Baker & Taylor
Delving into the depths of the Ferdinand Marcos regime, the author explains how Marcos came to power, with U.S. help, by exploiting Phillipine mythology and creating stories surrounding his combat with the Japanese. 10,000 first printing.McMillan Palgrave
A narrative history of the U.S.-supported dictatorship that came to define the Philippines.Book News
Ferdinand and Imelda Marcos presented themselves as the reincarnation of a primal couple from Filipino mythology. Ferdinand reinvented himself as a matchless fighter against the Japanese, and Time magazine hailed him as a hero. He was the strongman, the dictator, welcomed at the White House by Lyndon B. Johnson, Nixon, Reagan, and the C.I.A..-America's Boy. For twenty-one years he and Imelda dominated the Philippines. In the , a "democratic revolution" replaced them with Corazon Aquino, who, in turn, was followed by Fidel Ramos, Imelda's cousin. Nothing changed: the world applauded, the shadow play went on.
James Hamilton-Paterson has gathered astonishing information from senators, cronies, rivals, and Marcos family members, including Imelda. Covering the entire one-hundred-year history of U. S. involvement in the Philippines, he offers a devastating vision of the price Filipinos paid for dictatorship. Perhaps no other couple is as emblematic of American Imperialism as the Marcoses; America's Boy is their story. Passionate, deeply researched, and haunting, it is "a riveting read" (The Guardian [London]) by one of the language's best stylists.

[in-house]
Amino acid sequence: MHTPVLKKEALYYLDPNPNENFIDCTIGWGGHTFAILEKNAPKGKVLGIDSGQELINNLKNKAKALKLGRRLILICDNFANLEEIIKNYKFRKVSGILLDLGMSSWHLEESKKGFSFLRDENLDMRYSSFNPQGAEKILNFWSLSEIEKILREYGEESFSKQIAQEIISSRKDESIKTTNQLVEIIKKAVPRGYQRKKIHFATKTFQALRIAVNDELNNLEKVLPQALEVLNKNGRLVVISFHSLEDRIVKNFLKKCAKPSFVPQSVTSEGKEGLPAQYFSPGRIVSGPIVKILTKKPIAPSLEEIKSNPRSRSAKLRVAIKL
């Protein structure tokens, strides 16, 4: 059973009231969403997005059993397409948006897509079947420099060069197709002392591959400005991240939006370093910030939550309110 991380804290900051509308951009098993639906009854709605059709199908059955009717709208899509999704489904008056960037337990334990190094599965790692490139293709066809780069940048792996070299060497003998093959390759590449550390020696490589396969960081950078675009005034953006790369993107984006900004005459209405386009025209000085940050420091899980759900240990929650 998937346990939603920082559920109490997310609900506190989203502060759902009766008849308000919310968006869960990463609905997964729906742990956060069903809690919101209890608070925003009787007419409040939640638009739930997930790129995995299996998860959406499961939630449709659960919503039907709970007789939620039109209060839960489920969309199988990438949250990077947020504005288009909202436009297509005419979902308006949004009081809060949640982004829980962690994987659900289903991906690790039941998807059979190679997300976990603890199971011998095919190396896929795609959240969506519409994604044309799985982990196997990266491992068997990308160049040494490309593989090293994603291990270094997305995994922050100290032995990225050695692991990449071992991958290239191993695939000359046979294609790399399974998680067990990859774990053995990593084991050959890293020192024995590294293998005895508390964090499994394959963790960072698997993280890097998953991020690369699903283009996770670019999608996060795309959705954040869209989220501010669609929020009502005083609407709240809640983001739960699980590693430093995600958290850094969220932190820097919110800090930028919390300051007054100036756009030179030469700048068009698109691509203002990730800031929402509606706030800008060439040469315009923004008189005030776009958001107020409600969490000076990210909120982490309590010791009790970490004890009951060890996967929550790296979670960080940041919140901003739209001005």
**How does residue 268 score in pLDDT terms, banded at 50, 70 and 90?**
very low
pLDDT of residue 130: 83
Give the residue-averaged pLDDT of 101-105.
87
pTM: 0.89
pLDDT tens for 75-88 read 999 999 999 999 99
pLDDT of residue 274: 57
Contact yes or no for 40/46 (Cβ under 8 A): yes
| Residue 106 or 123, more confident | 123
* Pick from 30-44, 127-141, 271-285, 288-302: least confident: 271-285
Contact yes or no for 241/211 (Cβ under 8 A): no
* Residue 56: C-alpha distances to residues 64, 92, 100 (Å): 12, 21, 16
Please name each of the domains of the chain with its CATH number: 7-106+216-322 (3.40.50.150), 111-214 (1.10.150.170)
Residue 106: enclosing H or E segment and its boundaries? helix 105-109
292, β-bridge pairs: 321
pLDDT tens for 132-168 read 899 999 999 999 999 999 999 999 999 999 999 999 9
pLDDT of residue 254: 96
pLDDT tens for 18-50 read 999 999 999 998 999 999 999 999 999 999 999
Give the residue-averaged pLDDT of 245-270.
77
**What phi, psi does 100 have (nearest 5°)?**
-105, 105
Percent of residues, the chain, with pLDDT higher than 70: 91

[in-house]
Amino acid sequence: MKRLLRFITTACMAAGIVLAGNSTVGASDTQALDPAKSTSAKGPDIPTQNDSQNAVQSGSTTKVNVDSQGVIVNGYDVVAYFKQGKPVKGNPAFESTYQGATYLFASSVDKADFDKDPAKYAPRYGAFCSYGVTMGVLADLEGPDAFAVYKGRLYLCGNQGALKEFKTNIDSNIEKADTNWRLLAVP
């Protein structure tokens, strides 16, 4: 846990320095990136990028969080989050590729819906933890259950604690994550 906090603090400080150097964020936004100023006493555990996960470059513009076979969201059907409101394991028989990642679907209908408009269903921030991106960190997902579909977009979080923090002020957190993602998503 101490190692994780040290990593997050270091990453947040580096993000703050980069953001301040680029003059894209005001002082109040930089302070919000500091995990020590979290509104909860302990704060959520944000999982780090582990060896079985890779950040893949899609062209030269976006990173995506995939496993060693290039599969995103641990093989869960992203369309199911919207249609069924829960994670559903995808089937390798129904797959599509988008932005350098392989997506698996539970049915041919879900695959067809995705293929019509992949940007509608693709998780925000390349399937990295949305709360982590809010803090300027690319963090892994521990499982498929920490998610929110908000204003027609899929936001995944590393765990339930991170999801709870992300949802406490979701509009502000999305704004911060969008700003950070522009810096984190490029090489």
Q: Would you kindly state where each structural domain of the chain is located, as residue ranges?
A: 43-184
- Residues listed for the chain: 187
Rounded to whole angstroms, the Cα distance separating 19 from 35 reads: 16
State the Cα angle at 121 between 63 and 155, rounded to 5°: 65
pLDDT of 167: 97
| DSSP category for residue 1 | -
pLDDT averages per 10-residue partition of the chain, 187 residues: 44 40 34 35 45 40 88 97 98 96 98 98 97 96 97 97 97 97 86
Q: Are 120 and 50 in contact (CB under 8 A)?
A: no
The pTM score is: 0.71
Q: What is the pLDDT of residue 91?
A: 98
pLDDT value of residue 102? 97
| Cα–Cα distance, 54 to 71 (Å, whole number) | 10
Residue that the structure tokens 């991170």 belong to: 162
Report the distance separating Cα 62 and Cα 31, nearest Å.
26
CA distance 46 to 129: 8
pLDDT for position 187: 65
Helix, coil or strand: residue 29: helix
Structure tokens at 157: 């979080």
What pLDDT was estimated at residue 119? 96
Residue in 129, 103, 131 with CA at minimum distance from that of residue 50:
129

Details the rise and fall of Washington-supported Philippine figure heads Ferdinand and Imelda Marcos. Though the couple usually did America's bidding, they could not survive the savage media blitz that accompanied their decline. Their story is set in the context of the wider Asian tragedies of the Marcos era, including the Vietnam War, the rise of the Suharto dictatorship, and the Cold War. Pays special attention to the complicated relationship between the couple and ordinary Filipinos. Includes b&w maps and a chronology. The author is a writer of both fiction and history, and has lived half of each year in the Philippines for 20 years. Annotation c. Book News, Inc., Portland, OR (booknews.com)Baker
The author explains how Marcos came to power, with U.S. help, by exploiting Phillipine mythology and creating stories surrounding his combat with the Japanese